That is uncertainty.
Penetrating the Fog
In situations of uncertainty, your mind plays all sorts of tricks on you. When walking through that thick fog-bank, you imagine any number of horrifying things – falling off a cliff, stumbling into a swamp-bog and drowning, being struck fatally by an oncoming vehicle, even meeting some evil bloodthirsty daemon that wants to feast on your innards.
How, then, do you deal with this situation?
The first step is to understand that you are not dealing with a problem. You are dealing with a situation.
This is not some esoteric point uttered by a philosopher with less sense than God gave a honey badger. (Or uttered by, God help you, an MBA – those guys are really silly, on the whole, and rely more on jargon than thought. Trust me, I know all about that.) This is a very real issue.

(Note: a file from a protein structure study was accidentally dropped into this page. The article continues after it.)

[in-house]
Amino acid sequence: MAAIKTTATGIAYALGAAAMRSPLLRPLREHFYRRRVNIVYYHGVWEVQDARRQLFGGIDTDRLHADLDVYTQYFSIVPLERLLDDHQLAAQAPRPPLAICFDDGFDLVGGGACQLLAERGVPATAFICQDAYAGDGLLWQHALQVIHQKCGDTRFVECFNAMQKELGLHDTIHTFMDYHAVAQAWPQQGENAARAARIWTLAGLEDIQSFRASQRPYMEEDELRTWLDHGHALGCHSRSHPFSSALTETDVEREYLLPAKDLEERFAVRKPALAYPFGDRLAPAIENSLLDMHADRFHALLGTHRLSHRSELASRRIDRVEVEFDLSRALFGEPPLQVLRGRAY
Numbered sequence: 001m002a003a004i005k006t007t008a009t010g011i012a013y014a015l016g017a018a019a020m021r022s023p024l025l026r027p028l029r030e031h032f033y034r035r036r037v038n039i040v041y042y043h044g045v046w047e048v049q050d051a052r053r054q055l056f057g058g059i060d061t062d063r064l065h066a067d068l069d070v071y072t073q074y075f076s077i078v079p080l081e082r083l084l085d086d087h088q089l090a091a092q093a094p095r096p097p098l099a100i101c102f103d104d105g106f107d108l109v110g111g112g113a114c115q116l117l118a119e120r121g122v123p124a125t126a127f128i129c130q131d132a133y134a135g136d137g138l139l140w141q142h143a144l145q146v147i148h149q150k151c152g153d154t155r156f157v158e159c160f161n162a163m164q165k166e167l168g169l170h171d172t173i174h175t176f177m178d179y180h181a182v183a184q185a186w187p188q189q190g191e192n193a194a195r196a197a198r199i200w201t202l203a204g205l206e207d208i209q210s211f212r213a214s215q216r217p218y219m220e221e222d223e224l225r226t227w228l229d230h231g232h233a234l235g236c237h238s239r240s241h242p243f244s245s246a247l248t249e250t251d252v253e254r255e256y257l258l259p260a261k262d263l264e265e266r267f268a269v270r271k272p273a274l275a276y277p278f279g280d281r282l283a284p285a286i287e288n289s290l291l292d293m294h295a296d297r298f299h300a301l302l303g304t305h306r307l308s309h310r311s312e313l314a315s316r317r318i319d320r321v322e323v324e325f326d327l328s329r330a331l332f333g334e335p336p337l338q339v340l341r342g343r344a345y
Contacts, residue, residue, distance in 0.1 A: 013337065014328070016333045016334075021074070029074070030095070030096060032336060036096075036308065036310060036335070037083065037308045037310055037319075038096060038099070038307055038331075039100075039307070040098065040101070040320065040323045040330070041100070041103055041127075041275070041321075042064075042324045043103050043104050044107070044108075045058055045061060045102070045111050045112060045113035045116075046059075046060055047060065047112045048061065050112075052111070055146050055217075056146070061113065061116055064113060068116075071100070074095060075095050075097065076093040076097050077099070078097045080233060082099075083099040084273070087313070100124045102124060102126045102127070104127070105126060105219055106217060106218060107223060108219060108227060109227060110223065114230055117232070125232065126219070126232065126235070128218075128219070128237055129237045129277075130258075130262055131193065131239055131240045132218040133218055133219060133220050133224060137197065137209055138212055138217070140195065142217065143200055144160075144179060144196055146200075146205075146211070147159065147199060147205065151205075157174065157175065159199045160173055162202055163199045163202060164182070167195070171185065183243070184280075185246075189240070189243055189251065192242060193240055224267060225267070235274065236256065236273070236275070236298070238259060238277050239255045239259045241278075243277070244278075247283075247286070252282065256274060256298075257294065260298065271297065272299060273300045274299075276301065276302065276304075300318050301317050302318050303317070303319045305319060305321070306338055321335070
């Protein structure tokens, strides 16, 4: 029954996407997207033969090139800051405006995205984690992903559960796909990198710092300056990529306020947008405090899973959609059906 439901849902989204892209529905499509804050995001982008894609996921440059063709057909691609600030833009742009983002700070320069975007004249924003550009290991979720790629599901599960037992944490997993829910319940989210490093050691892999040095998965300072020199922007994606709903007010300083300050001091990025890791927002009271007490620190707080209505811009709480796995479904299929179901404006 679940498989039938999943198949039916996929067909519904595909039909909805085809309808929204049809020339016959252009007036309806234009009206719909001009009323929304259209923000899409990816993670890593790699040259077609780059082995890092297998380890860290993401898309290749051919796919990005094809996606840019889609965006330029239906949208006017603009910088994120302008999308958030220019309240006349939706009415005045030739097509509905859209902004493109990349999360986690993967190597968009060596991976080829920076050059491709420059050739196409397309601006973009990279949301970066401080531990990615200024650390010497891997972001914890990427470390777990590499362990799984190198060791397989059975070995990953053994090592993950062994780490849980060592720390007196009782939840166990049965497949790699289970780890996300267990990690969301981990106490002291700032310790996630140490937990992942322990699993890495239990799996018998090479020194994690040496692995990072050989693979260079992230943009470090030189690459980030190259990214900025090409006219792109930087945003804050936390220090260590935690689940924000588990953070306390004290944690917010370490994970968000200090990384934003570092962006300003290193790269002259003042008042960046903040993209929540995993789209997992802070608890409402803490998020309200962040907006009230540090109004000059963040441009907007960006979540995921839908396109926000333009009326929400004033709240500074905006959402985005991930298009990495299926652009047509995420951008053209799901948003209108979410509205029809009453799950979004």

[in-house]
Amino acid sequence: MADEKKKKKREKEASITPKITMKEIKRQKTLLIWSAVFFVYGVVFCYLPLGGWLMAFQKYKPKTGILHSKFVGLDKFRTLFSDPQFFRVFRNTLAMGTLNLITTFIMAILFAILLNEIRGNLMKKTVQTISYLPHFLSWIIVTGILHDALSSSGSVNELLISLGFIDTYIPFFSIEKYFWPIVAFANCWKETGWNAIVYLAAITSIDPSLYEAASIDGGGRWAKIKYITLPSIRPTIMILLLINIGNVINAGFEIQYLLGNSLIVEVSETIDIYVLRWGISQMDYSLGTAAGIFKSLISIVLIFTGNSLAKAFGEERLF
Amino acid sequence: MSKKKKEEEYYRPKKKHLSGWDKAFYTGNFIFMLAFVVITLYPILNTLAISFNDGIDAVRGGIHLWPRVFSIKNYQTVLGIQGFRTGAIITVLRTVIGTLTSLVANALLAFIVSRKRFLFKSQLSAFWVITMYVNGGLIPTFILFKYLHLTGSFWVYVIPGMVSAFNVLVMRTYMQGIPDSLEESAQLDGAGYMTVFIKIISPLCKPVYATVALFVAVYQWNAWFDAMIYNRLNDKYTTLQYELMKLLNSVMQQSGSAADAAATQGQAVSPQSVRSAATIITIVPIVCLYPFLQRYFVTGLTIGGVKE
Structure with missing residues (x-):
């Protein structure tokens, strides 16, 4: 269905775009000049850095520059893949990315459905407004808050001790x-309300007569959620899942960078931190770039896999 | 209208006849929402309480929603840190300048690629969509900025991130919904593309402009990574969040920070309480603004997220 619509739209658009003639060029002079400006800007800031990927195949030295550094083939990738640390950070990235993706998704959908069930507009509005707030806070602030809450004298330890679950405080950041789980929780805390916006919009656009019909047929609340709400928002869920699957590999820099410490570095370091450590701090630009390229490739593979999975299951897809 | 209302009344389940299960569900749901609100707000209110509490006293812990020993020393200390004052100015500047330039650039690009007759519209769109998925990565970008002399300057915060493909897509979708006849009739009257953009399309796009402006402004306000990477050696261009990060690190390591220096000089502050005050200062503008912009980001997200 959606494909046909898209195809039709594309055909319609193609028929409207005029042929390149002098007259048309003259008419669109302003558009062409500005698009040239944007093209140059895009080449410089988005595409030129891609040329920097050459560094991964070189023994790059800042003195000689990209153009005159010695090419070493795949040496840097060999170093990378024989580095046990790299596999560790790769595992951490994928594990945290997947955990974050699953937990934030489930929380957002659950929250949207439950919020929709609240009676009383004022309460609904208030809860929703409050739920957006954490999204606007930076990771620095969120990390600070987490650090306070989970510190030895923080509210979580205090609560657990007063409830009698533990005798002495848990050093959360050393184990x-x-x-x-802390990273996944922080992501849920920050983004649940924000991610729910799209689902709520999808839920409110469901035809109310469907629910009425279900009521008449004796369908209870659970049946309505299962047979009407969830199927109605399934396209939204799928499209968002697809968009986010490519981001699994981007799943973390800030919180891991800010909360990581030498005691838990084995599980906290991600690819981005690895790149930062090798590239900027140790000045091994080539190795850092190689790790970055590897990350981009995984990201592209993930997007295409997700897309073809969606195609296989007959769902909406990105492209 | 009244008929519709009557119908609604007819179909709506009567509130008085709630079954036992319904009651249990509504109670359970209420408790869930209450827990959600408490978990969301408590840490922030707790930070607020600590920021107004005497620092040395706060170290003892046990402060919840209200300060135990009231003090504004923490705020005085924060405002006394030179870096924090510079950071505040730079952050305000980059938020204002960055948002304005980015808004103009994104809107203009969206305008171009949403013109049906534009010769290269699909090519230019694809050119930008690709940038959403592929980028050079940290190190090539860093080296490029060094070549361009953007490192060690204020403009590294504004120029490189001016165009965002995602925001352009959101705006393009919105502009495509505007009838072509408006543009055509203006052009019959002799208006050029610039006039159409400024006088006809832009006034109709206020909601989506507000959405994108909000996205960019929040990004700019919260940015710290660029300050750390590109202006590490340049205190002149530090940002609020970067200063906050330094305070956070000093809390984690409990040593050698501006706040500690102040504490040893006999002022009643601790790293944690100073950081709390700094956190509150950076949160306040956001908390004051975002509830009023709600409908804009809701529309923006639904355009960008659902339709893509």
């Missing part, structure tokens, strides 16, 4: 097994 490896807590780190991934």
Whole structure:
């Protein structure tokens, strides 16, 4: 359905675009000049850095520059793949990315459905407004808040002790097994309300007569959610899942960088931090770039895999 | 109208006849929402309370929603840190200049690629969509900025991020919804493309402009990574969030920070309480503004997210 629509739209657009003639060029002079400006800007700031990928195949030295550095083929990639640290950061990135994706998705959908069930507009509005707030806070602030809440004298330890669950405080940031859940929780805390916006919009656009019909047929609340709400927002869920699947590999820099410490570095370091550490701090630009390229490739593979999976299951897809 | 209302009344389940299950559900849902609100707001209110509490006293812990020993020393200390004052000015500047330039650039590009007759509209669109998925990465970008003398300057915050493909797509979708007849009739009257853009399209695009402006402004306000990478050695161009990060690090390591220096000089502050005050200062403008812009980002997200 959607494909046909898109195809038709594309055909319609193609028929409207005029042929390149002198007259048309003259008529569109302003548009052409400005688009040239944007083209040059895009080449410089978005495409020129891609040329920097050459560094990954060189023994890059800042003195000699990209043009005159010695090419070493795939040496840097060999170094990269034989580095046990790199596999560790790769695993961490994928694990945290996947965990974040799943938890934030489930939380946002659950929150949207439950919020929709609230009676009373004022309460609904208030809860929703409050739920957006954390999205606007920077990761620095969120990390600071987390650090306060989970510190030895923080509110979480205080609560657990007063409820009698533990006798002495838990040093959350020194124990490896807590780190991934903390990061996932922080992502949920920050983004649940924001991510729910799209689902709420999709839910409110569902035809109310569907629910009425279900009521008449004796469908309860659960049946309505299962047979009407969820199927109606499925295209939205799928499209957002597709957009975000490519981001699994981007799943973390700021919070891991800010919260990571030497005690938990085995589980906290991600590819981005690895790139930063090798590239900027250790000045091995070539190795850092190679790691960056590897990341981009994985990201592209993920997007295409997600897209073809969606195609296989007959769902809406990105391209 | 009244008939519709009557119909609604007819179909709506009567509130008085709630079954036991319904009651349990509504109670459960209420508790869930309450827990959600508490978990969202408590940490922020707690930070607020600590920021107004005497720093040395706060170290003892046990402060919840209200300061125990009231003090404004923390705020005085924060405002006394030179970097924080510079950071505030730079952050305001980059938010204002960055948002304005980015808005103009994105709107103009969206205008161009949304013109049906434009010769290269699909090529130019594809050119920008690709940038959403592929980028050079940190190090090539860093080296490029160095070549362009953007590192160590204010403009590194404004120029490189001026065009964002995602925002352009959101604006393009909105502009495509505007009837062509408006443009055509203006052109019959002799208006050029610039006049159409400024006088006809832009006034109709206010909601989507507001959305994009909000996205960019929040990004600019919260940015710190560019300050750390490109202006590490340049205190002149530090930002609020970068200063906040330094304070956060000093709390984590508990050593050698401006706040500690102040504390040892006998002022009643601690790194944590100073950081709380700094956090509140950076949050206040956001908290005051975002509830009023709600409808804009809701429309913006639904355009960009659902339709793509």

You see, if you think that you have a problem, then this implies that you have a solution. For example, suppose you have a leaky faucet that constantly drips and wastes water, creating a noisy and irritating sound in the process. That is a problem. Its solution is clear – fix the faucet, stop the leak, silence the noise.
Unfortunately, many – I argue, most – things in life are not problems that can be so easily solved. Most things in life are situations, which cannot be solved, only IMPROVED.
This is the key to tackling uncertainty and penetrating through that dense fog-bank. Your situation is that you are lost in a fog with no way out. What are you going to do?
Fail Fast, Fail Often